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Reviewed By rosko12 [read all by] on 1st April 2015
Version reviewed: 1 on Windows.
Last edited by rosko12 on 10th January 2017.
2 of 2 people found this review helpful.
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What we're looking at here is quite possibly the most powerful dynamics tool known to mankind. There really is very little else in the same ballpark, and the pro-MB is even vastly more powerful than the previous dynamics plugs produced by FF.

I think the major application for the pro-MB is in altering or repairing audio loops and tracks that have been recorded previously - ie where several channels are now irrevocably layered. This could mean spicing up classic drum loops, remastering old "masters", gating or reducing certain instruments in a mix, or replacing one drum sound in an old loop.

The plug appears to be generally promoted as a "multi-band compressor" - however I think it might be more useful to call it an advanced dynamic equalizer. Probably the first thing to note is that this thing does all four varieties of dynamics equally well. Specifically this means: 1) standard compression (reduce above the threshold, raise the output), 2) upward compression (increase below the threshold), 3) transient enhancing (increase above the threshold, lower output) and 4) basic expansion (reduce below threshold). Switching between these modes is done by a comp/exp button and a positive/negative range. It took me a long time to get my head around this and I found I had to write notes about the different modes until it sunk in. These relatively uncommon modes allow you to do things that no other plugs can do. For example, using upward compression you can raise the volume of some background percussion without altering the sounds of other instruments. Basic expansion allows you to vastly reduce certain instruments etc.

The dynamics processing can be tweaked in just about every way you could possibly desire. There is an optional lookahead of up to 20ms, oversampling up to 4x, program dependent attack and release, variable knee shape, optional limiting by range, and variable ratio. There is literally nothing missing in this thing and it's all exceptionally well implemented. It can be transparent even when you are really pushing it. Furthermore there is an extremely useful wet/dry that runs up to 200%, which allows you to create an over-the-top sound and then scale it back to the realms of normality.

On top of these remarkable features the compressor is "multi-band". Therefore radically different compressor settings can be ascribed to various frequency ranges. For example there may be upward compression on the mids, basic expansion on the lows, and transient enhancing on the tops. Each band may also be "side-chained" to a different frequency range, ie when the bass sounds you could chose to raise the top end, and so forth. The dynamics band can also be triggered by an external sidechain (one per instance of the plug). This allows you to potentially insert new sounds into an old piece of audio, ie you could insert a new kick drum sound into the low frequencies.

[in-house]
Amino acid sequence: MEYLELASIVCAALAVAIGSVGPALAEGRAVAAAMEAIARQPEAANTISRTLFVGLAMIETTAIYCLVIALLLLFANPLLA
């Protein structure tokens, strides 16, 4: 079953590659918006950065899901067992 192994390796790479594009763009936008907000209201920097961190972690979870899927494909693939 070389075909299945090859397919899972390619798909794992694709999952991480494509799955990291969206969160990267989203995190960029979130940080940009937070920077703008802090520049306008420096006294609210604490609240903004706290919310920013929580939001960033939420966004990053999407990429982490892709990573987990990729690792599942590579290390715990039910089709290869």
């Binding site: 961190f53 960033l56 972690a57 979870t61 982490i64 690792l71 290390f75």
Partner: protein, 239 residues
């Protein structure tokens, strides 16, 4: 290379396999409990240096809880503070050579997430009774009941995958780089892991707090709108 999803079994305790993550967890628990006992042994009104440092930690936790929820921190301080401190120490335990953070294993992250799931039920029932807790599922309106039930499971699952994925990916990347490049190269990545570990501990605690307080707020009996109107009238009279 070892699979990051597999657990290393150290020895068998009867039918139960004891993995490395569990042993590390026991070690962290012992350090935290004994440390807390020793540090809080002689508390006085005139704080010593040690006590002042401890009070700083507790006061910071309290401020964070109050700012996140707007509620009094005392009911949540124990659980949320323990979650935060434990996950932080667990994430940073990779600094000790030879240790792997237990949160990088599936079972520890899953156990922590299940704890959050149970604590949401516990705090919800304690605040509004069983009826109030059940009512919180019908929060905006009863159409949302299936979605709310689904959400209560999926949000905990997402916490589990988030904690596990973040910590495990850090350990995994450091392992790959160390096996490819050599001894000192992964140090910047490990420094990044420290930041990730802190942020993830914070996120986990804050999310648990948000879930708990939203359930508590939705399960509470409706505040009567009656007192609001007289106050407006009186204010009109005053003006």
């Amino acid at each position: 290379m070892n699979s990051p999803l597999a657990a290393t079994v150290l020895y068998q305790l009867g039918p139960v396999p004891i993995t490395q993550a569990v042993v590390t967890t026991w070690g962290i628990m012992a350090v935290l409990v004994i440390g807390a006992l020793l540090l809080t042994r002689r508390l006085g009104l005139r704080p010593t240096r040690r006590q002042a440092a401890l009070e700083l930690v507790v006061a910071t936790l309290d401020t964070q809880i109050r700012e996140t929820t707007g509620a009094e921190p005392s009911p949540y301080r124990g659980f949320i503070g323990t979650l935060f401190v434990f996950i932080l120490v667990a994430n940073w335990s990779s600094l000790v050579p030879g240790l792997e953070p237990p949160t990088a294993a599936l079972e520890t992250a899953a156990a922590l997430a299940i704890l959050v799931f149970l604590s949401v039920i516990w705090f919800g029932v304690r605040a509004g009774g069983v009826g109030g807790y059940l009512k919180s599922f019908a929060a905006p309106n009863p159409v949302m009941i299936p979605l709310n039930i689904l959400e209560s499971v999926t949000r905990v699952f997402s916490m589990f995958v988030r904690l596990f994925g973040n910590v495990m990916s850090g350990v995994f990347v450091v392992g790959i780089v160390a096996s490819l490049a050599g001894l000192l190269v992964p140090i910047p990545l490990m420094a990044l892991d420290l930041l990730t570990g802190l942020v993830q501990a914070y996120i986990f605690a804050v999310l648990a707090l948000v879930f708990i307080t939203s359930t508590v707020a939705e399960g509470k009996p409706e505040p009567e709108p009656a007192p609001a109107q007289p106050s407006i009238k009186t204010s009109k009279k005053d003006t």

Another feature (damn there's a heck of a lot) is the stereo processing. Individual bands can be panned (at the gain knob) to either mid or side. Each band can further be set to process only the mid or side by varying amounts. Although the "stereolink" knob is over there near the sidechain section, it actually affects the processing of the band, not merely the triggering. This feature also exists in the FFproC2. It can be confusing the first time you come across it.

The analyzer is very good although I preferred it much faster and more precise than the default. The incoming signal is not exceptionally differentiated from the outgoing - the outgoing has a defined line to the top of it. It takes a while to learn but it can be very useful.

I'm not going to talk about the "dynamic phase" business because I don't entirely understand it. I couldn't get a bad sound out of it. The mechanics are probably not all that important to the end user.

So I have really written a lot here a lot about this plug. I think perhaps it is more powerful than many artists/producers will know what to do with. In many ways it feels "ahead of the game". I think folks are going to discover this and use it to do things that have perhaps never been done before.

Don't think I have ever written such a glowing review. What's going on? :-)

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Discussion

Discussion

Discussion: Active
ortseam
ortseam
17 October 2013 at 8:13pm

Thanks to the developer for that brilliant work.

The sound quality, CPU efficiency and interface ergonomics are perfect.

The only strange thing, as to me, is that in Dynamic Phase processing mode (which in fact is dynamic EQ mode) equal damping of adjacent bands result in non-flat amplitude response (significant peak at crossfade freq. is present). Seems, this is not an immanent feature and maybe can be corrected (e.g. using two consequent symmetric low- and hi-shelve filters with same 'significant frequency' result in flat response, even if not it always can be corrected by realative frequency shift).

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